Grading Fees: Varies dependent on grade and grading location, but around £20.00 for Kyu Grades including a training session with a Senior KUGB Instructor.
Gi (suit): Students must eventually purchase a Gi (Karate suit). Prices vary depending on the quality of suit you choose, but start from around £15. Back to Top

What is the difference between the various Karate styles

All styles of Karate (as well as many other martial arts) tend to practice punching, striking, kicking and blocking. Thereafter the styles focus differently on power, strength, fluidity and range of techniques and stances, as well as the depth of philosophical and other aspects of the martial art. Shotokan Karate is thought of as a primarily strong and powerful style with deep stances for basics, progressing to more natural stances at advanced level. Shotokan is one of the four earliest styles of Karate developed in Japan (Shotokan, Shito-ryu, Wado-ryu and Goju-ryu).  Back to Top

How long does it take to become a Black Belt?

If a student trains twice a week, it normally takes around 3-4 years depending on the aptitude of the individual. We focus on quality learning and high standards such that when you reach black belt level you can feel proud of your skill and achievement rather than fast-tracking students to a meaningless black belt.  Back to Top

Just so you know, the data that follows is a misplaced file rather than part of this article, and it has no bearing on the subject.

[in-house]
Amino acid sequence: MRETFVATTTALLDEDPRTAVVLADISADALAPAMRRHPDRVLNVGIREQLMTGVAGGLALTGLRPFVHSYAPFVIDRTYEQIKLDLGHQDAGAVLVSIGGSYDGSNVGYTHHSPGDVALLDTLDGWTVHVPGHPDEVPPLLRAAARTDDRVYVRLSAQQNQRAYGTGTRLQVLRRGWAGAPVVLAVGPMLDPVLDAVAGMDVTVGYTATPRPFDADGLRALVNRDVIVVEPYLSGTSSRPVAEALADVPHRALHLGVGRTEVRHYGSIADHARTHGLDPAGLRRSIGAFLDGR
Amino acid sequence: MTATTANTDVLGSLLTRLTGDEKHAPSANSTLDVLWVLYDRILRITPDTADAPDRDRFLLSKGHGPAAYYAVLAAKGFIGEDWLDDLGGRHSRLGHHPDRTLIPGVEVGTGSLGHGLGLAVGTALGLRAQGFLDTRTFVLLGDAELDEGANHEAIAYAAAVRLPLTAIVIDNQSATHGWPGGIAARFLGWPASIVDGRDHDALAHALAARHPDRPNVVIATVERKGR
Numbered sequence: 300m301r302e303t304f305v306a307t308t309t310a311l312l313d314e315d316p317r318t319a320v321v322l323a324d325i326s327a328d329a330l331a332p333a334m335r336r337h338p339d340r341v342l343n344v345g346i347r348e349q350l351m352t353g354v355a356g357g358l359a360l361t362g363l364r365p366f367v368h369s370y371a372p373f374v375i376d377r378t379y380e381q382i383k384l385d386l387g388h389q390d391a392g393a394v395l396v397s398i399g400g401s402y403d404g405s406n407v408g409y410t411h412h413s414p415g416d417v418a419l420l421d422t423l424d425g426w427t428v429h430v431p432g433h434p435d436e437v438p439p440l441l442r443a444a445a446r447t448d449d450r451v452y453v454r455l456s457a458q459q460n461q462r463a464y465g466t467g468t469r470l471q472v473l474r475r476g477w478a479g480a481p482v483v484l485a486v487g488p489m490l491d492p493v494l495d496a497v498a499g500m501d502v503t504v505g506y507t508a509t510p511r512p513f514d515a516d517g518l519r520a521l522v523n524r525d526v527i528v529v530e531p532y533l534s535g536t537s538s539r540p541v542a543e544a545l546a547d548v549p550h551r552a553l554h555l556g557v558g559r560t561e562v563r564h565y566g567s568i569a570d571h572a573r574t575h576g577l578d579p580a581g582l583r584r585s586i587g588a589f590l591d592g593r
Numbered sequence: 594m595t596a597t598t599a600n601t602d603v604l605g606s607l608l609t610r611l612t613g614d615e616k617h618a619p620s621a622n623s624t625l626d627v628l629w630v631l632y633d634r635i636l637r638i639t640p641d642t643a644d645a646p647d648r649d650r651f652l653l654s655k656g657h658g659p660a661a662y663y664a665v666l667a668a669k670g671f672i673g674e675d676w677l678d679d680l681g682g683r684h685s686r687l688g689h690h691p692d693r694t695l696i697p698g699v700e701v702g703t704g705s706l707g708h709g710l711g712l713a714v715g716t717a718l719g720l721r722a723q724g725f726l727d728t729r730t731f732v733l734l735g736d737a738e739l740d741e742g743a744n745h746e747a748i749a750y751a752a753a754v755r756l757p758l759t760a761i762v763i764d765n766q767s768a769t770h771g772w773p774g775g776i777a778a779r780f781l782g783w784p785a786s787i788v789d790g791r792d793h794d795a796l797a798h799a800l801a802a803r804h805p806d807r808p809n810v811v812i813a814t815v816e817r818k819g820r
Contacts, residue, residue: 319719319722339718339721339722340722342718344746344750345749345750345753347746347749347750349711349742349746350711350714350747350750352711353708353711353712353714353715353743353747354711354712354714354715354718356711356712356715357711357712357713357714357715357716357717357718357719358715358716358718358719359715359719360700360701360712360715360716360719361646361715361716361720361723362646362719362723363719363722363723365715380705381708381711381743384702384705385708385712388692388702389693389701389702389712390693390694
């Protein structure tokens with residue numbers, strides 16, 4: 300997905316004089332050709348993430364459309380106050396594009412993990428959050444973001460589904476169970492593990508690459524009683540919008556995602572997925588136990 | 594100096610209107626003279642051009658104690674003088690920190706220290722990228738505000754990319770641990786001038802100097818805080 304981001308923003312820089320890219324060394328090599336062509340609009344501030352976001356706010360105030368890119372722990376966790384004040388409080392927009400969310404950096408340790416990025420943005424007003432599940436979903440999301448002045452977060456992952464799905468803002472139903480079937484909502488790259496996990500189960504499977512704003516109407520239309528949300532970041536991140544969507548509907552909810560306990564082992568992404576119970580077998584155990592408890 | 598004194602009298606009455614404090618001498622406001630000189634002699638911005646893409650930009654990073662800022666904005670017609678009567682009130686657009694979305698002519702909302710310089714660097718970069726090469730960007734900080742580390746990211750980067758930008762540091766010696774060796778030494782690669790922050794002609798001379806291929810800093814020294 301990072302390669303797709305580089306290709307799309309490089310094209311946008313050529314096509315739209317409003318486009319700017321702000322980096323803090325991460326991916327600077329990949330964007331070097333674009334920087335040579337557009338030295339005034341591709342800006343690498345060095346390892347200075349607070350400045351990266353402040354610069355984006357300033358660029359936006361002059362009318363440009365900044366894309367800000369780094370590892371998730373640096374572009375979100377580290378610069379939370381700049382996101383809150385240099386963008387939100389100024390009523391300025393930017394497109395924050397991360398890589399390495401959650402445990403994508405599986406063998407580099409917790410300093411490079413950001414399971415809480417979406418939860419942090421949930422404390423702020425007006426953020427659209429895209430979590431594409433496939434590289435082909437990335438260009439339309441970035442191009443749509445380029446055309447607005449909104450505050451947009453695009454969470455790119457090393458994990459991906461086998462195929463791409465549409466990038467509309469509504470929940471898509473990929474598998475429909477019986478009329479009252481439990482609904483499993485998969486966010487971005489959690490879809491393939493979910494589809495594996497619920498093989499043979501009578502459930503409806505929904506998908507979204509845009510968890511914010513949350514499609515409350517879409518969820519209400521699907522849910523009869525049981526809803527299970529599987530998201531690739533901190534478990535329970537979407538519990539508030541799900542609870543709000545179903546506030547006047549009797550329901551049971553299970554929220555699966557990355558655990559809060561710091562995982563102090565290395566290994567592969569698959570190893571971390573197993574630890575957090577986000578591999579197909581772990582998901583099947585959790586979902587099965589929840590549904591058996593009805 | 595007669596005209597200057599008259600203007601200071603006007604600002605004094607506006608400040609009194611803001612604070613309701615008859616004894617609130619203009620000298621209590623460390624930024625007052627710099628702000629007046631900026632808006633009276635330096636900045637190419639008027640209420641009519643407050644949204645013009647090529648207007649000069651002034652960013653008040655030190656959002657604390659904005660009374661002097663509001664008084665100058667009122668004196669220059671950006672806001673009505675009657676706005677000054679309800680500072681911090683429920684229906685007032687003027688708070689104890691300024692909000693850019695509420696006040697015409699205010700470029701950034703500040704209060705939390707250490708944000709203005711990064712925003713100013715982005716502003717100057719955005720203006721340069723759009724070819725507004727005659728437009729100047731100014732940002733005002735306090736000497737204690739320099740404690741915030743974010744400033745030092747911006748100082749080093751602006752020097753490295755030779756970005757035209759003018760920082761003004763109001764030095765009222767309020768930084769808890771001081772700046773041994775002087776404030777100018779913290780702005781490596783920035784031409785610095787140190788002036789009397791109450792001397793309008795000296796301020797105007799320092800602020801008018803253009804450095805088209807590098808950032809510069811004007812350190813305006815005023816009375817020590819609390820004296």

Is Karate at Tsutahashi Karate Club a contact sport?

KUGB Shotokan Karate is a semi-contact sport, which means students are trained to stop their attacks at the point of contact with the opponent, hitting without excessive force or injury. This requires far more skill, control and precision than just beating the other person to a pulp! At beginner level, contact is very light. As grade, skill and confidence grows moves become more dynamic. Full contact is used when we train with "focus pads" and "kick shields" to enhance training and to show students how their training is developing. Back to Top